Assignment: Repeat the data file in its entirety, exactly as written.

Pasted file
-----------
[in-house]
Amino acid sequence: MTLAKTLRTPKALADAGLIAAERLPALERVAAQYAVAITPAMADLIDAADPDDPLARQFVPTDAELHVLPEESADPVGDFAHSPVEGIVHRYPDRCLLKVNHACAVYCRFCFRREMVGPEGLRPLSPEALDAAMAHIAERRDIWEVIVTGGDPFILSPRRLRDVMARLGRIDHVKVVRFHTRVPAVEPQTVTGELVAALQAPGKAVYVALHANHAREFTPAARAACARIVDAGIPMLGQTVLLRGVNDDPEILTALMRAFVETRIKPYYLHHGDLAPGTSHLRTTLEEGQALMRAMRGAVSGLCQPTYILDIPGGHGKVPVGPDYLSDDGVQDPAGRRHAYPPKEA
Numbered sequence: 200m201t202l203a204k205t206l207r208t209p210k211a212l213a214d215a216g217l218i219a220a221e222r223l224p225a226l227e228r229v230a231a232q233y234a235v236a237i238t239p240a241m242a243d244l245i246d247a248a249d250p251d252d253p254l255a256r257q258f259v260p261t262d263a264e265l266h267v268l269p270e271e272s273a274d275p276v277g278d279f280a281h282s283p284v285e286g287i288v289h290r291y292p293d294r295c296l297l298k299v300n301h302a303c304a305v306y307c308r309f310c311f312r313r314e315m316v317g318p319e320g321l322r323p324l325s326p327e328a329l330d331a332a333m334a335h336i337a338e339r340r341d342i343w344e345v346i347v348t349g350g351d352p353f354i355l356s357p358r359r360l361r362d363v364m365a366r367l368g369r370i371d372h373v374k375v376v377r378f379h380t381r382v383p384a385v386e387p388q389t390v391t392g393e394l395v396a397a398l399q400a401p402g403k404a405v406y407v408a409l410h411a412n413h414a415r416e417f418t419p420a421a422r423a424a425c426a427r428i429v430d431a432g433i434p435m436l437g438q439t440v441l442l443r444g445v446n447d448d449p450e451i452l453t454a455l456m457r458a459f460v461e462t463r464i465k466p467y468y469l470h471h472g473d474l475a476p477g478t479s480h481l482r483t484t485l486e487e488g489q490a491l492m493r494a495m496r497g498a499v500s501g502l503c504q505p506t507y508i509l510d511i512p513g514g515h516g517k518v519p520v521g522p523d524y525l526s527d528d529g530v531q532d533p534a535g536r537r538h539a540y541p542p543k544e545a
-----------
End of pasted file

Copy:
[in-house]
Amino acid sequence: MTLAKTLRTPKALADAGLIAAERLPALERVAAQYAVAITPAMADLIDAADPDDPLARQFVPTDAELHVLPEESADPVGDFAHSPVEGIVHRYPDRCLLKVNHACAVYCRFCFRREMVGPEGLRPLSPEALDAAMAHIAERRDIWEVIVTGGDPFILSPRRLRDVMARLGRIDHVKVVRFHTRVPAVEPQTVTGELVAALQAPGKAVYVALHANHAREFTPAARAACARIVDAGIPMLGQTVLLRGVNDDPEILTALMRAFVETRIKPYYLHHGDLAPGTSHLRTTLEEGQALMRAMRGAVSGLCQPTYILDIPGGHGKVPVGPDYLSDDGVQDPAGRRHAYPPKEA
Numbered sequence: 200m201t202l203a204k205t206l207r208t209p210k211a212l213a214d215a216g217l218i219a220a221e222r223l224p225a226l227e228r229v230a231a232q233y234a235v236a237i238t239p240a241m242a243d244l245i246d247a248a249d250p251d252d253p254l255a256r257q258f259v260p261t262d263a264e265l266h267v268l269p270e271e272s273a274d275p276v277g278d279f280a281h282s283p284v285e286g287i288v289h290r291y292p293d294r295c296l297l298k299v300n301h302a303c304a305v306y307c308r309f310c311f312r313r314e315m316v317g318p319e320g321l322r323p324l325s326p327e328a329l330d331a332a333m334a335h336i337a338e339r340r341d342i343w344e345v346i347v348t349g350g351d352p353f354i355l356s357p358r359r360l361r362d363v364m365a366r367l368g369r370i371d372h373v374k375v376v377r378f379h380t381r382v383p384a385v386e387p388q389t390v391t392g393e394l395v396a397a398l399q400a401p402g403k404a405v406y407v408a409l410h411a412n413h414a415r416e417f418t419p420a421a422r423a424a425c426a427r428i429v430d431a432g433i434p435m436l437g438q439t440v441l442l443r444g445v446n447d448d449p450e451i452l453t454a455l456m457r458a459f460v461e462t463r464i465k466p467y468y469l470h471h472g473d474l475a476p477g478t479s480h481l482r483t484t485l486e487e488g489q490a491l492m493r494a495m496r497g498a499v500s501g502l503c504q505p506t507y508i509l510d511i512p513g514g515h516g517k518v519p520v521g522p523d524y525l526s527d528d529g530v531q532d533p534a535g536r537r538h539a540y541p542p543k544e545a